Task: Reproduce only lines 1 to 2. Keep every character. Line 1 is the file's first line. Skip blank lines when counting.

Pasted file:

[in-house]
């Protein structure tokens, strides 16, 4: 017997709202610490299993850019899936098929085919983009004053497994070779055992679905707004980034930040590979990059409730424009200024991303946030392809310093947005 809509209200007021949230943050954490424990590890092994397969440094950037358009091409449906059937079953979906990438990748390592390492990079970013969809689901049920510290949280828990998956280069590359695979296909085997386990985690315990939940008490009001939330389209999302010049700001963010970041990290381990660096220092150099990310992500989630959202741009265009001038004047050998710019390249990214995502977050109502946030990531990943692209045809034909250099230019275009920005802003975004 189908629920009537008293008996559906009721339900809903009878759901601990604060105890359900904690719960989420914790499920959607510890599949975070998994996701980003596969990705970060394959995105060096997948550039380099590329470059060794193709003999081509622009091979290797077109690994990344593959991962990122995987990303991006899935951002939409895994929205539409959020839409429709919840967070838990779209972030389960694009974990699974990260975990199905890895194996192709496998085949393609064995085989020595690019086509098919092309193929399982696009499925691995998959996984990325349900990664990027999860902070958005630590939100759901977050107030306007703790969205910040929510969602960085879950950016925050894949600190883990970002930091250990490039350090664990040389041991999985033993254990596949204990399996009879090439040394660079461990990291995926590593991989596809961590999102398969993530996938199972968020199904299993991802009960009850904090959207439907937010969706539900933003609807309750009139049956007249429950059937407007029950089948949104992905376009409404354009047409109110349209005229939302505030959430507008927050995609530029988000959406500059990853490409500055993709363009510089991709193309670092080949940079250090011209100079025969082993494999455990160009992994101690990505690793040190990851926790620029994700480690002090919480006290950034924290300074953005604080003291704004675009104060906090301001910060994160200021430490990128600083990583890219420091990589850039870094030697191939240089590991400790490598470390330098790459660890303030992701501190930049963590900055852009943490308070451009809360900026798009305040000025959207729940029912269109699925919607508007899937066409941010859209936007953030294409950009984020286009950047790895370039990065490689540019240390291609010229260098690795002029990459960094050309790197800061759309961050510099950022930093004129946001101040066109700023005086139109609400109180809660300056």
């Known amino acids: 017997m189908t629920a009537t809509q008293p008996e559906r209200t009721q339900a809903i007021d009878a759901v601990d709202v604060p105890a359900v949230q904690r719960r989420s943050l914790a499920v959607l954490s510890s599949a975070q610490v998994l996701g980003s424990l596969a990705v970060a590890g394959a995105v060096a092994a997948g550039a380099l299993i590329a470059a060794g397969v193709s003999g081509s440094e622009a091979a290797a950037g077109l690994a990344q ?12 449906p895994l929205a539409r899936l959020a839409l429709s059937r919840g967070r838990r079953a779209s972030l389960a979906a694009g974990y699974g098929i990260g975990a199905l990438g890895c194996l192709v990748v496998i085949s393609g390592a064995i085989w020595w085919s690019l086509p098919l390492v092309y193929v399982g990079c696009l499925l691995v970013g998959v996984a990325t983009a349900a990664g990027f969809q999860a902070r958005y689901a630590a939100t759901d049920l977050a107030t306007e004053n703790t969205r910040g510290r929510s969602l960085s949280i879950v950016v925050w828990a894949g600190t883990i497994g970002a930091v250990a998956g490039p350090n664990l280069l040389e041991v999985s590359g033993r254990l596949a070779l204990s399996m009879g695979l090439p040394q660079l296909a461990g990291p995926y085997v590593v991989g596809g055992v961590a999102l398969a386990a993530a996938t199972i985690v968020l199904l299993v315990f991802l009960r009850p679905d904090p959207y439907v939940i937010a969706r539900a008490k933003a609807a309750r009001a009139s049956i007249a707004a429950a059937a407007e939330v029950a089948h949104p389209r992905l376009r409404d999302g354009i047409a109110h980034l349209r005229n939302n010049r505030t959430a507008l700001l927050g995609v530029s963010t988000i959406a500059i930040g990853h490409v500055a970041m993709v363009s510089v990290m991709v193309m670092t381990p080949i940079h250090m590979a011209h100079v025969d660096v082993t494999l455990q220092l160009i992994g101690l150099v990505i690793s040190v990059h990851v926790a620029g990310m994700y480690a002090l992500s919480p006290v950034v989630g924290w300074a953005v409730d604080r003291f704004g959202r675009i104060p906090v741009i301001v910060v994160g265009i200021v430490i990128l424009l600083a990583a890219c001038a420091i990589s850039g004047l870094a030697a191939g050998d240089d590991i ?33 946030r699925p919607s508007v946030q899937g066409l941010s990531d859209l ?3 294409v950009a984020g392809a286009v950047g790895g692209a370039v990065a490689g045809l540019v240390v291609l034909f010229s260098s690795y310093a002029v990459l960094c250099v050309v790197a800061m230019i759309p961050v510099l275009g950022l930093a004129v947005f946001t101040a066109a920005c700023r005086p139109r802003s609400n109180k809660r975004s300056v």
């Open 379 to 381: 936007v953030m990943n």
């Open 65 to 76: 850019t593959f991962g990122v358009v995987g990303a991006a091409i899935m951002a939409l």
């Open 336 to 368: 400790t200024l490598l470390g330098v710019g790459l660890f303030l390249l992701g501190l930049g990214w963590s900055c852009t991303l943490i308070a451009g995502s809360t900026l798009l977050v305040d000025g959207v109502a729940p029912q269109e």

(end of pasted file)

[in-house]
């Protein structure tokens, strides 16, 4: 017997709202610490299993850019899936098929085919983009004053497994070779055992679905707004980034930040590979990059409730424009200024991303946030392809310093947005 809509209200007021949230943050954490424990590890092994397969440094950037358009091409449906059937079953979906990438990748390592390492990079970013969809689901049920510290949280828990998956280069590359695979296909085997386990985690315990939940008490009001939330389209999302010049700001963010970041990290381990660096220092150099990310992500989630959202741009265009001038004047050998710019390249990214995502977050109502946030990531990943692209045809034909250099230019275009920005802003975004 189908629920009537008293008996559906009721339900809903009878759901601990604060105890359900904690719960989420914790499920959607510890599949975070998994996701980003596969990705970060394959995105060096997948550039380099590329470059060794193709003999081509622009091979290797077109690994990344593959991962990122995987990303991006899935951002939409895994929205539409959020839409429709919840967070838990779209972030389960694009974990699974990260975990199905890895194996192709496998085949393609064995085989020595690019086509098919092309193929399982696009499925691995998959996984990325349900990664990027999860902070958005630590939100759901977050107030306007703790969205910040929510969602960085879950950016925050894949600190883990970002930091250990490039350090664990040389041991999985033993254990596949204990399996009879090439040394660079461990990291995926590593991989596809961590999102398969993530996938199972968020199904299993991802009960009850904090959207439907937010969706539900933003609807309750009139049956007249429950059937407007029950089948949104992905376009409404354009047409109110349209005229939302505030959430507008927050995609530029988000959406500059990853490409500055993709363009510089991709193309670092080949940079250090011209100079025969082993494999455990160009992994101690990505690793040190990851926790620029994700480690002090919480006290950034924290300074953005604080003291704004675009104060906090301001910060994160200021430490990128600083990583890219420091990589850039870094030697191939240089590991400790490598470390330098790459660890303030992701501190930049963590900055852009943490308070451009809360900026798009305040000025959207729940029912269109699925919607508007899937066409941010859209936007953030294409950009984020286009950047790895370039990065490689540019240390291609010229260098690795002029990459960094050309790197800061759309961050510099950022930093004129946001101040066109700023005086139109609400109180809660300056």